Some in the D.C. region will hear rumbles of thunder Thursday afternoon, but the main story for most will be the dangerous heat and humidity that’ll linger over the region into next week.
Much of the Mid-Atlantic baked in the low to mid 90s again on Thursday afternoon: Reagan Airport recorded a high of 95, five degrees above the average high for July 21. Factoring in the humidity, heat indexes soared near or over the 100-degree mark, especially along coastal Virginia.
Unfortunately, the forecast doesn’t offer much of a break in the near term: D.C. and Baltimore are locked in for high temperatures in the mid to upper 90s and heat indexes as high as 110 all the way through Sunday.
“As the old saying goes, it’s not just the heat — it’s the humidity, and that combination will be bringing us some of the hottest conditions we’ve experienced since August of 2016,” Storm Team4 meteorologist Chuck Bell said. “Sunday will likely be the peak of this heat wave with afternoon highs near 100, but with higher humidity levels bringing heat indexes to between 105 and 110.”
As always: Drink plenty of water, take breaks and stay out of the sun as much as possible. Limit strenuous outdoor activities to the early morning hours if you can.
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An unstable air mass means the potential for severe weather, although Thursday’s storm coverage will be limited outside central and southern Virginia, where a Severe Thunderstorm Watch is in effect until tonight.
Closer to home, expect an outside chance of a pop-up thunderstorm — keeping in mind that any storms that do form could quickly ramp up in strength and bring damaging wind gusts or small hail.
“A ‘cold’ front will pass through the area this afternoon and act as a trigger for some isolated storms — in reality, it’s just a humidity front,” Bell said. “The intense heat ahead of this front will give any storms that develop a chance to become severe, but the coverage area of these storms will be limited mainly to areas south and east of the District.”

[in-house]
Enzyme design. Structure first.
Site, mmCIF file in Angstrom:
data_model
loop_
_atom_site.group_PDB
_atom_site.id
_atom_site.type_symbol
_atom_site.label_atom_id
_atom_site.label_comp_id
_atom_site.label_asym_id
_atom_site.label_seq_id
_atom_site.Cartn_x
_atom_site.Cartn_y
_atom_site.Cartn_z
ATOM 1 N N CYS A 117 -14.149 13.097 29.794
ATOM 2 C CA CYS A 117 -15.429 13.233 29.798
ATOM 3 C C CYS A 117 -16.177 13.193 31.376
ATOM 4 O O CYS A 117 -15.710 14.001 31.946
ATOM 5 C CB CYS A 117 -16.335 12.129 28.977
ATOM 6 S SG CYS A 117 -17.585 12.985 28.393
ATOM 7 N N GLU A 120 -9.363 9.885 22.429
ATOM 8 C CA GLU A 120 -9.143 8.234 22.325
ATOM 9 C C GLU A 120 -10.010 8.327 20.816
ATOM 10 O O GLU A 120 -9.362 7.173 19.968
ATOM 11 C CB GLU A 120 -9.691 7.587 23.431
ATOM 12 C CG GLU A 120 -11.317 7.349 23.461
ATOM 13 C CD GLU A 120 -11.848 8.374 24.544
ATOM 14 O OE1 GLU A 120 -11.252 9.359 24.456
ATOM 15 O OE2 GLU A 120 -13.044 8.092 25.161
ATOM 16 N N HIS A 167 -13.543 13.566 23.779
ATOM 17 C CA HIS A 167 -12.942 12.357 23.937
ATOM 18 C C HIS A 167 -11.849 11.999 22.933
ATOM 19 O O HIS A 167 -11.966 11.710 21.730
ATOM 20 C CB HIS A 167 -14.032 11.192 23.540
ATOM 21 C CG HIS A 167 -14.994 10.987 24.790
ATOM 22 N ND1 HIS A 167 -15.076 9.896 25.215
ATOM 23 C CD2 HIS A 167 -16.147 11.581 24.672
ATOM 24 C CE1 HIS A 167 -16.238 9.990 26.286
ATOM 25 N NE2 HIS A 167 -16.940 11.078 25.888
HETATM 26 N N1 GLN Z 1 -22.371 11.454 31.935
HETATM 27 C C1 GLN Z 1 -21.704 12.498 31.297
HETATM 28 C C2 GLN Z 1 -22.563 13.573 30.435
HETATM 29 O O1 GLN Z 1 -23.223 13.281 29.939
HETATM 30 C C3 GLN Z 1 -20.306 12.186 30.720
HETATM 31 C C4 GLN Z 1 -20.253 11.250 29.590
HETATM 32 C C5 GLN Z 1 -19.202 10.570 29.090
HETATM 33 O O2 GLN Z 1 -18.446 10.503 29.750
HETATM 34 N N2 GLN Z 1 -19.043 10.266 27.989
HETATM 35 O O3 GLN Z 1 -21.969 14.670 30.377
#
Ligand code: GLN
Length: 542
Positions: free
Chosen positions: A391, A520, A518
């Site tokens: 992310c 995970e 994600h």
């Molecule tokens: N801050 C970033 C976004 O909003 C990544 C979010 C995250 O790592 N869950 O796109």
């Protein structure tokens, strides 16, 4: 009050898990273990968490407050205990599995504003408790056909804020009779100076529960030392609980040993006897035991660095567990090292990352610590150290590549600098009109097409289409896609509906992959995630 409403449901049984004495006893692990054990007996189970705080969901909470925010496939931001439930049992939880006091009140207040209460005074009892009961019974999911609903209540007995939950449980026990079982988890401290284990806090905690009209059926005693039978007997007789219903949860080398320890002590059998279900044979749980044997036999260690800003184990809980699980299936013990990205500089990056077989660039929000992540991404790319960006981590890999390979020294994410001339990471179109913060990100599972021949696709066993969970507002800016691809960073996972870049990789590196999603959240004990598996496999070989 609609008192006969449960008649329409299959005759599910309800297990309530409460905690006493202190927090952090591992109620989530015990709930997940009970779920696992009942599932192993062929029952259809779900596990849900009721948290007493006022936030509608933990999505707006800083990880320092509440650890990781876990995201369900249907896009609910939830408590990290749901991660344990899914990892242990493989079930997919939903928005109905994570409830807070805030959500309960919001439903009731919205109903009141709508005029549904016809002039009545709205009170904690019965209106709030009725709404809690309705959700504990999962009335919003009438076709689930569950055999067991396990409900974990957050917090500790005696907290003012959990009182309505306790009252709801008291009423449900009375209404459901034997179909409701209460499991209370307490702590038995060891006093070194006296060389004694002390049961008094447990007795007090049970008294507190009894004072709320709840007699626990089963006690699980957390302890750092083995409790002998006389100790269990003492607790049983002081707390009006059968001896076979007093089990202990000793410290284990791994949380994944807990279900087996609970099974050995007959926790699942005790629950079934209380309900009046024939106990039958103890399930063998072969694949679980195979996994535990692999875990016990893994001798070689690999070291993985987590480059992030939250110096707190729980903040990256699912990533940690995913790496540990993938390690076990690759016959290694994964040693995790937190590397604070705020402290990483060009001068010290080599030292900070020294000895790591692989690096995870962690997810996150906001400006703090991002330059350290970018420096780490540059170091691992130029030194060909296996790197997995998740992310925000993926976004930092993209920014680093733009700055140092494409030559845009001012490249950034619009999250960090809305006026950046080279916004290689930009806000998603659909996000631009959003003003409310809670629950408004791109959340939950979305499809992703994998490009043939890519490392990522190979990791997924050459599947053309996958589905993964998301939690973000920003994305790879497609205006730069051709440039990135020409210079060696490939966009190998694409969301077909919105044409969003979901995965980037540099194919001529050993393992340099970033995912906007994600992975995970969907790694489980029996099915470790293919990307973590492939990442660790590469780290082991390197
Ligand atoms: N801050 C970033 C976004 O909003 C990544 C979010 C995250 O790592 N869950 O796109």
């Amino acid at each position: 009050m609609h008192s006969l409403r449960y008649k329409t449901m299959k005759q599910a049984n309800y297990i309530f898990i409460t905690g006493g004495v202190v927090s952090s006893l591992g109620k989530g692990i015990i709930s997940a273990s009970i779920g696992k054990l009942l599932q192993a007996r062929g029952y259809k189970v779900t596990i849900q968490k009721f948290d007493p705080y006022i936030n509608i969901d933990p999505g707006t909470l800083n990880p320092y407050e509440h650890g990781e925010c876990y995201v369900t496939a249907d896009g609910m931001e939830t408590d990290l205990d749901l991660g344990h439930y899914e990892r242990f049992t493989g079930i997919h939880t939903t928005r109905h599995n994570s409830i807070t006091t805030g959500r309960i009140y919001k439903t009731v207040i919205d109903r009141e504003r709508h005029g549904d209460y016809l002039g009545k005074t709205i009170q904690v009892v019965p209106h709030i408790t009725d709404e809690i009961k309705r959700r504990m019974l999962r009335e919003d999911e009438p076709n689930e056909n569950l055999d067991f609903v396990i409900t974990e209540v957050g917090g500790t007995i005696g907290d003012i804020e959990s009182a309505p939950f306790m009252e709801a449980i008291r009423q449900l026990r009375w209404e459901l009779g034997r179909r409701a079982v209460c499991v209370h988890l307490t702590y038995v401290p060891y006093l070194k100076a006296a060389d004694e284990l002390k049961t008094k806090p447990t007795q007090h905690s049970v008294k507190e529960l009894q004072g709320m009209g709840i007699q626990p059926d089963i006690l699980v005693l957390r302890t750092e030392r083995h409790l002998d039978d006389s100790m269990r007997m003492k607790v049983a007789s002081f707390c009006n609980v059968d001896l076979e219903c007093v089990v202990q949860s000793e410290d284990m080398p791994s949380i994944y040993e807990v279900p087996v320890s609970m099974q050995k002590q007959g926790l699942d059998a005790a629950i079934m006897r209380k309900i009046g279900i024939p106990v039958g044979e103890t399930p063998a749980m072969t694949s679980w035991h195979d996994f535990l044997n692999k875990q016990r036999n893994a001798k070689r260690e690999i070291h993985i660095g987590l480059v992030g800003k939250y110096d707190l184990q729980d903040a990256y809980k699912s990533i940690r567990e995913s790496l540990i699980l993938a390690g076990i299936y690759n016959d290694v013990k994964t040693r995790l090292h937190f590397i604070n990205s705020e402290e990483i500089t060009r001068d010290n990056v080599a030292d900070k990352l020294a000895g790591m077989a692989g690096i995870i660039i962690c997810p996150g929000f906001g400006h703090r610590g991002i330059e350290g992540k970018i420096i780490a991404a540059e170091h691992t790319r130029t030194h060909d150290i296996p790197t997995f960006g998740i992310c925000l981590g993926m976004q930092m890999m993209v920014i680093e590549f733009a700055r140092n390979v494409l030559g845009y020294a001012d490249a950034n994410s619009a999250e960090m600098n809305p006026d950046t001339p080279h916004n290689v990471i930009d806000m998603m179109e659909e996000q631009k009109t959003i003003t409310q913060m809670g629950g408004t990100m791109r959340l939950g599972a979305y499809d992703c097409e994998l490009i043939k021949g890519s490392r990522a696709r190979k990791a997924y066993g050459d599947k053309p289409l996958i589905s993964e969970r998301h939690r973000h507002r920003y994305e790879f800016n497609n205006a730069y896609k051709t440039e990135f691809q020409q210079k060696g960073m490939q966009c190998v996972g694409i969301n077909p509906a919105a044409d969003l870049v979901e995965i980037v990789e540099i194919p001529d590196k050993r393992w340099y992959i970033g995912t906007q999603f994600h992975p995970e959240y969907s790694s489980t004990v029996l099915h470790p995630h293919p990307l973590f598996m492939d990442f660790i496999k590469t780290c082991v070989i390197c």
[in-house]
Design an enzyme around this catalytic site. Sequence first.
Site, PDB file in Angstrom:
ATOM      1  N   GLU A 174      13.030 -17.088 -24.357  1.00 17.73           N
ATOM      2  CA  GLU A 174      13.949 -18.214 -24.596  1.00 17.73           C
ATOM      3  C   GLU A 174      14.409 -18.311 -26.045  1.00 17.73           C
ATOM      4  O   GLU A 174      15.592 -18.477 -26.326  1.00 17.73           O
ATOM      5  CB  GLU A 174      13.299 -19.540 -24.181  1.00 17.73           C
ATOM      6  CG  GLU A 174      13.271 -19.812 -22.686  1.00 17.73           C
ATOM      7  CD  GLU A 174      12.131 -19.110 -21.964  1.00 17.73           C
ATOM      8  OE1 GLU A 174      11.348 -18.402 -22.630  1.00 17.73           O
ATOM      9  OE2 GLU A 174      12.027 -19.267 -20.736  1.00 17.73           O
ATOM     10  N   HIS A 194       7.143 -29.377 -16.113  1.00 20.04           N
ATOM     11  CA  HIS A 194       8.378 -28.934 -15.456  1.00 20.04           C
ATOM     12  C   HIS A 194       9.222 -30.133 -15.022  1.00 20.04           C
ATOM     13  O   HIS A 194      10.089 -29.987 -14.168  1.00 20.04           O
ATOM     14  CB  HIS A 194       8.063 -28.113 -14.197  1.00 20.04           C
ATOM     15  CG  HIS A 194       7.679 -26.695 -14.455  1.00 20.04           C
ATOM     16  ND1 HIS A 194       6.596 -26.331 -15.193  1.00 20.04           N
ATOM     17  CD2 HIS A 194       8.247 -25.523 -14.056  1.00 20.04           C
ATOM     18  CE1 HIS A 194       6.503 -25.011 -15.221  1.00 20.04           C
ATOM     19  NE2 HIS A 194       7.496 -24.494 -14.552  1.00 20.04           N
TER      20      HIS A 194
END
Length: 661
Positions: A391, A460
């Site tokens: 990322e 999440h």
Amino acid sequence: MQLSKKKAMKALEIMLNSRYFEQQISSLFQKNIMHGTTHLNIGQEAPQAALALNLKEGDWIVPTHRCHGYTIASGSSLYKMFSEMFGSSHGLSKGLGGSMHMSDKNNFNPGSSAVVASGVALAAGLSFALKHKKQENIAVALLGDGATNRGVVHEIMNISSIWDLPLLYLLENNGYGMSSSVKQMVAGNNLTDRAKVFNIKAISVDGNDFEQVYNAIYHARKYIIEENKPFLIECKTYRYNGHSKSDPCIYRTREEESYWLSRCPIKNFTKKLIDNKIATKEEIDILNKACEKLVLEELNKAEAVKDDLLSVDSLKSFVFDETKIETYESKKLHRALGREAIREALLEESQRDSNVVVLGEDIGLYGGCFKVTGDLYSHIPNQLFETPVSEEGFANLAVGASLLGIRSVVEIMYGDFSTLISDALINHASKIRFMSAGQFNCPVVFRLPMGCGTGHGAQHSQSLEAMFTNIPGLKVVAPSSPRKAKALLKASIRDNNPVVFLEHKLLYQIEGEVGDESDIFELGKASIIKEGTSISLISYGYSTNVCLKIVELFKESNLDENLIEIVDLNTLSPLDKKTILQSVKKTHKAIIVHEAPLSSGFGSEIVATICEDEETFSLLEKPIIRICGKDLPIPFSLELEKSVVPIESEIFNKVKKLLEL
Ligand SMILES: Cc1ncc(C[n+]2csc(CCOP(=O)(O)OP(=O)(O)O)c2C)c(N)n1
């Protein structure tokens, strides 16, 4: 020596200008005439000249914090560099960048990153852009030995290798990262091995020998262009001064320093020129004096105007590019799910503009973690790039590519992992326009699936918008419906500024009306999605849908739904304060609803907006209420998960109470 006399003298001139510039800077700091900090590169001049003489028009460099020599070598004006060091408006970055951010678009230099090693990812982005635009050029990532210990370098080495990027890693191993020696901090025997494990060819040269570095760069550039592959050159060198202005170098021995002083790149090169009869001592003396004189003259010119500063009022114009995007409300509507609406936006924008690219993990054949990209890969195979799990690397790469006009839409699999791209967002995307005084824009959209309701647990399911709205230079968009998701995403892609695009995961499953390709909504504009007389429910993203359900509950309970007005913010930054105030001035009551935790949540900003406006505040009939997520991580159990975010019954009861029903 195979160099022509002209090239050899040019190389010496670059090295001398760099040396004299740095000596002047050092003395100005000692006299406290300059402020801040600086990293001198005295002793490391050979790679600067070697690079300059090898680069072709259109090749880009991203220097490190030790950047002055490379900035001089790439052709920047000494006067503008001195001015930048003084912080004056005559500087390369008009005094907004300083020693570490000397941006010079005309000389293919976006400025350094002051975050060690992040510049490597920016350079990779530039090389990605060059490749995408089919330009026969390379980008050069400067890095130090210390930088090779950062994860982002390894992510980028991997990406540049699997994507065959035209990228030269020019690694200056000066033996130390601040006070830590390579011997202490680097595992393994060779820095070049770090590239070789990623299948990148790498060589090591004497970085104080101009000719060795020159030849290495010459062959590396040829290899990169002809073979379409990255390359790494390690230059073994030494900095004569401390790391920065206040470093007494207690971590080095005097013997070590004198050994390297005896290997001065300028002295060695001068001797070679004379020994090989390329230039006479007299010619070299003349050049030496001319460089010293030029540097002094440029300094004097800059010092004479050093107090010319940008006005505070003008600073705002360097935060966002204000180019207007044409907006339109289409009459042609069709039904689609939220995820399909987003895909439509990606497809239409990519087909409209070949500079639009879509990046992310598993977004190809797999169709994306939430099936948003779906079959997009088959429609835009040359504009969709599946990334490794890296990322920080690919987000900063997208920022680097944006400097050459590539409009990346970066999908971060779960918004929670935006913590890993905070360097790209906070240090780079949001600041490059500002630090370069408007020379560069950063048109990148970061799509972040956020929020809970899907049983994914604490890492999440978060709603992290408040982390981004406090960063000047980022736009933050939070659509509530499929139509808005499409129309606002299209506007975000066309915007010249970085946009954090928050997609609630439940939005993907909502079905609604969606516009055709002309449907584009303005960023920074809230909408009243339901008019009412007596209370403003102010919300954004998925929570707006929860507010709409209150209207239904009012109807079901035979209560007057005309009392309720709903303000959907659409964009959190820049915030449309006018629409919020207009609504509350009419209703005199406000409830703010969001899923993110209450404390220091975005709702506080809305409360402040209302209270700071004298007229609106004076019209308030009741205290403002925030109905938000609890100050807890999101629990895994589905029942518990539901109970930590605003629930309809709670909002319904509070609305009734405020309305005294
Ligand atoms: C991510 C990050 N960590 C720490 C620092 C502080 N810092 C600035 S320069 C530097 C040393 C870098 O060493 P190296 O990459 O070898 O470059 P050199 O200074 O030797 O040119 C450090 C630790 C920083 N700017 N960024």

As of 7 p.m. Thursday, strong storms were working their way across the southern half of the Delmarva; thundershowers had cleared the D.C. and Baltimore areas to the south and east. Drivers on Interstate 95 might encounter storms if commuting south of Fredericksburg.
Trees and wires blew down into a home earlier this afternoon near Huntingtown, Maryland, where a lightning strike also sparked a barn fire on Old Evans Road. Emergency operators received several calls for tree damage between Centreville and Reston in Virginia.
There’s no way to sugarcoat the next few days. It will be an ugly and dangerous stretch of hot weather peaking on Sunday. There will be a slight drop in humidity for Fri & Sat but Sunday the steaminess will return. Heat index on Sunday will hover near 110°! @nbcwashington pic.twitter.com/6ZNxmCrCGi
— Chuck Bell (@ChuckBell4) July 21, 2022
The District continues to implement its heat emergency plan, opening indoor cooling centers to help residents beat the heat. Find more info on heat safety, including a map of cooling shelters, on the city’s website.
The next chance for cooler daytime highs — relatively speaking — comes Monday, when an oncoming front will bring another round of thunderstorms and lower temperatures to around 90 degrees, the average for this time of year.
Thursday: Hot and humid, with widely scattered afternoon thundershowers. Highs in the mid to upper 90s, with heat indexes up to 105.
Thursday night: Mostly clear skies and muggy. Lows in the upper 60s to mid 70s.
Friday: Mostly sunny. Still hot but slightly less humid. Highs in the low to mid 90s. Heat index around 100.
Saturday: Sunny, hot and humid. Highs in the mid to upper 90s, with heat indexes up to 105.
Sunday: Mostly sunny with a chance for thunderstorms late. Dangerously hot and humid, with highs near 100 and heat indexes up to 110.